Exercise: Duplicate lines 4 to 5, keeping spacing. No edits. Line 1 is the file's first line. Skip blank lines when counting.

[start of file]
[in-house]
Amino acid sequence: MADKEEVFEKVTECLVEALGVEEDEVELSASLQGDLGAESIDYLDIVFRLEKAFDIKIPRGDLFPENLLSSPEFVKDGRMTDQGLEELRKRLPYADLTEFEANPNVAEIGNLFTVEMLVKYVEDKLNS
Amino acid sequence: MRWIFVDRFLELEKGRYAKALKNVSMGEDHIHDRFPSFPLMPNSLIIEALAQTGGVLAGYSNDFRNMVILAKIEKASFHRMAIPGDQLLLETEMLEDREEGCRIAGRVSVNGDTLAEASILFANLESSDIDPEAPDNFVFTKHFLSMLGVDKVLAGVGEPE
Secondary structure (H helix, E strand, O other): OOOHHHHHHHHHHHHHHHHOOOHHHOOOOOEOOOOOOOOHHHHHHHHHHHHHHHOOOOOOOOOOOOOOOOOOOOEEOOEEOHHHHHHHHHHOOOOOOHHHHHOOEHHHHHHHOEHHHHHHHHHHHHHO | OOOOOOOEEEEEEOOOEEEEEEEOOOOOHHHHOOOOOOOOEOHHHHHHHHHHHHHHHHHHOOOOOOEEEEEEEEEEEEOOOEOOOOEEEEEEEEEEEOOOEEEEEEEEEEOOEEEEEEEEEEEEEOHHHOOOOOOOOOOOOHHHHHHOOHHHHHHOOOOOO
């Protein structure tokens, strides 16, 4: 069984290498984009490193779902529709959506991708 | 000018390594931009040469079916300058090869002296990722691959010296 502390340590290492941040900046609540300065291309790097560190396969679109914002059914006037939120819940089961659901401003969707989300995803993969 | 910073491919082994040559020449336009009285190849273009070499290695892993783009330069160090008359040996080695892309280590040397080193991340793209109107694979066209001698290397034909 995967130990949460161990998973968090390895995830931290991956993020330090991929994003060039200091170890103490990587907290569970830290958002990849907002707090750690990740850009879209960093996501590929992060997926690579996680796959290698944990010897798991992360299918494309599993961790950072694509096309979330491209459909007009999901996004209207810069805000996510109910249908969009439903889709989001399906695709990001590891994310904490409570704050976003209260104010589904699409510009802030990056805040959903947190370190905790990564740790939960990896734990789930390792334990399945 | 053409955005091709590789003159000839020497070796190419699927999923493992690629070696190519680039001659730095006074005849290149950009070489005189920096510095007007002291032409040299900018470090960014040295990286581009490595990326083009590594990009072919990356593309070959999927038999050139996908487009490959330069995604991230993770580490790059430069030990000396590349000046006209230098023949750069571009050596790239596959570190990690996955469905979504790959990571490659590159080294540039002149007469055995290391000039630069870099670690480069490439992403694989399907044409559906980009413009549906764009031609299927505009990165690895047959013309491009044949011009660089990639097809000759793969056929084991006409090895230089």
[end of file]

Secondary structure (H helix, E strand, O other): OOOHHHHHHHHHHHHHHHHOOOHHHOOOOOEOOOOOOOOHHHHHHHHHHHHHHHOOOOOOOOOOOOOOOOOOOOEEOOEEOHHHHHHHHHHOOOOOOHHHHHOOEHHHHHHHOEHHHHHHHHHHHHHO | OOOOOOOEEEEEEOOOEEEEEEEOOOOOHHHHOOOOOOOOEOHHHHHHHHHHHHHHHHHHOOOOOOEEEEEEEEEEEEOOOEOOOOEEEEEEEEEEEOOOEEEEEEEEEEOOEEEEEEEEEEEEEOHHHOOOOOOOOOOOOHHHHHHOOHHHHHHOOOOOO
């Protein structure tokens, strides 16, 4: 069984290498984009490193779902529709959506991708 | 000018390594931009040469079916300058090869002296990722691959010296 502390340590290492941040900046609540300065291309790097560190396969679109914002059914006037939120819940089961659901401003969707989300995803993969 | 910073491919082994040559020449336009009285190849273009070499290695892993783009330069160090008359040996080695892309280590040397080193991340793209109107694979066209001698290397034909 995967130990949460161990998973968090390895995830931290991956993020330090991929994003060039200091170890103490990587907290569970830290958002990849907002707090750690990740850009879209960093996501590929992060997926690579996680796959290698944990010897798991992360299918494309599993961790950072694509096309979330491209459909007009999901996004209207810069805000996510109910249908969009439903889709989001399906695709990001590891994310904490409570704050976003209260104010589904699409510009802030990056805040959903947190370190905790990564740790939960990896734990789930390792334990399945 | 053409955005091709590789003159000839020497070796190419699927999923493992690629070696190519680039001659730095006074005849290149950009070489005189920096510095007007002291032409040299900018470090960014040295990286581009490595990326083009590594990009072919990356593309070959999927038999050139996908487009490959330069995604991230993770580490790059430069030990000396590349000046006209230098023949750069571009050596790239596959570190990690996955469905979504790959990571490659590159080294540039002149007469055995290391000039630069870099670690480069490439992403694989399907044409559906980009413009549906764009031609299927505009990165690895047959013309491009044949011009660089990639097809000759793969056929084991006409090895230089």